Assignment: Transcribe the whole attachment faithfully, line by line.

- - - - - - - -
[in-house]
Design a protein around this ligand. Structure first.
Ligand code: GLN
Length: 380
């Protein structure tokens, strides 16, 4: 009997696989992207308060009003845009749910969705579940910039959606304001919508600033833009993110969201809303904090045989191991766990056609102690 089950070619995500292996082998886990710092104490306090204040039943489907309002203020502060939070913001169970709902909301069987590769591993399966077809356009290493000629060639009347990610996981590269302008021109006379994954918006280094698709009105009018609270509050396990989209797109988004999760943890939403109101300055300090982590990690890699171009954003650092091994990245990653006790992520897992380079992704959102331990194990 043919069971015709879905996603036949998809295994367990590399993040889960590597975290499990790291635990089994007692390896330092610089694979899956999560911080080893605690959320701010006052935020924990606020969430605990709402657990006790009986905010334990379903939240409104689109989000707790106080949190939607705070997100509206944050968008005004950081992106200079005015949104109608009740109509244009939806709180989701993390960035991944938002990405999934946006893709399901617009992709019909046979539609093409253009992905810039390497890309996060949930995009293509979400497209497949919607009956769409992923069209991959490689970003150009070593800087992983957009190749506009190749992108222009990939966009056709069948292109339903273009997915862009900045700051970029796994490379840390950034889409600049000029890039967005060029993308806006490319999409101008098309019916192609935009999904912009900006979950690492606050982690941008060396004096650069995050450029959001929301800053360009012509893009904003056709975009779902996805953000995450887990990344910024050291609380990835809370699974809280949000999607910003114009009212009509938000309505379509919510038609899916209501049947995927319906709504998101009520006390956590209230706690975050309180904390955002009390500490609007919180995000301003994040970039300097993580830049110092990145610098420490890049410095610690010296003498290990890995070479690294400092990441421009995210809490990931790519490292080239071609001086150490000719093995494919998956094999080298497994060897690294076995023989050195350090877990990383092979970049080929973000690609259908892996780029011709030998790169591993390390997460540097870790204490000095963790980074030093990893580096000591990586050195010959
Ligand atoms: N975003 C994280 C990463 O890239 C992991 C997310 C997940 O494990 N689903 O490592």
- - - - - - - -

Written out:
[in-house]
Design a protein around this ligand. Structure first.
Ligand code: GLN
Length: 380
């Protein structure tokens, strides 16, 4: 009997696989992207308060009003845009749910969705579940910039959606304001919508600033833009993110969201809303904090045989191991766990056609102690 089950070619995500292996082998886990710092104490306090204040039943489907309002203020502060939070913001169970709902909301069987590769591993399966077809356009290493000629060639009347990610996981590269302008021109006379994954918006280094698709009105009018609270509050396990989209797109988004999760943890939403109101300055300090982590990690890699171009954003650092091994990245990653006790992520897992380079992704959102331990194990 043919069971015709879905996603036949998809295994367990590399993040889960590597975290499990790291635990089994007692390896330092610089694979899956999560911080080893605690959320701010006052935020924990606020969430605990709402657990006790009986905010334990379903939240409104689109989000707790106080949190939607705070997100509206944050968008005004950081992106200079005015949104109608009740109509244009939806709180989701993390960035991944938002990405999934946006893709399901617009992709019909046979539609093409253009992905810039390497890309996060949930995009293509979400497209497949919607009956769409992923069209991959490689970003150009070593800087992983957009190749506009190749992108222009990939966009056709069948292109339903273009997915862009900045700051970029796994490379840390950034889409600049000029890039967005060029993308806006490319999409101008098309019916192609935009999904912009900006979950690492606050982690941008060396004096650069995050450029959001929301800053360009012509893009904003056709975009779902996805953000995450887990990344910024050291609380990835809370699974809280949000999607910003114009009212009509938000309505379509919510038609899916209501049947995927319906709504998101009520006390956590209230706690975050309180904390955002009390500490609007919180995000301003994040970039300097993580830049110092990145610098420490890049410095610690010296003498290990890995070479690294400092990441421009995210809490990931790519490292080239071609001086150490000719093995494919998956094999080298497994060897690294076995023989050195350090877990990383092979970049080929973000690609259908892996780029011709030998790169591993390390997460540097870790204490000095963790980074030093990893580096000591990586050195010959
Ligand atoms: N975003 C994280 C990463 O890239 C992991 C997310 C997940 O494990 N689903 O490592």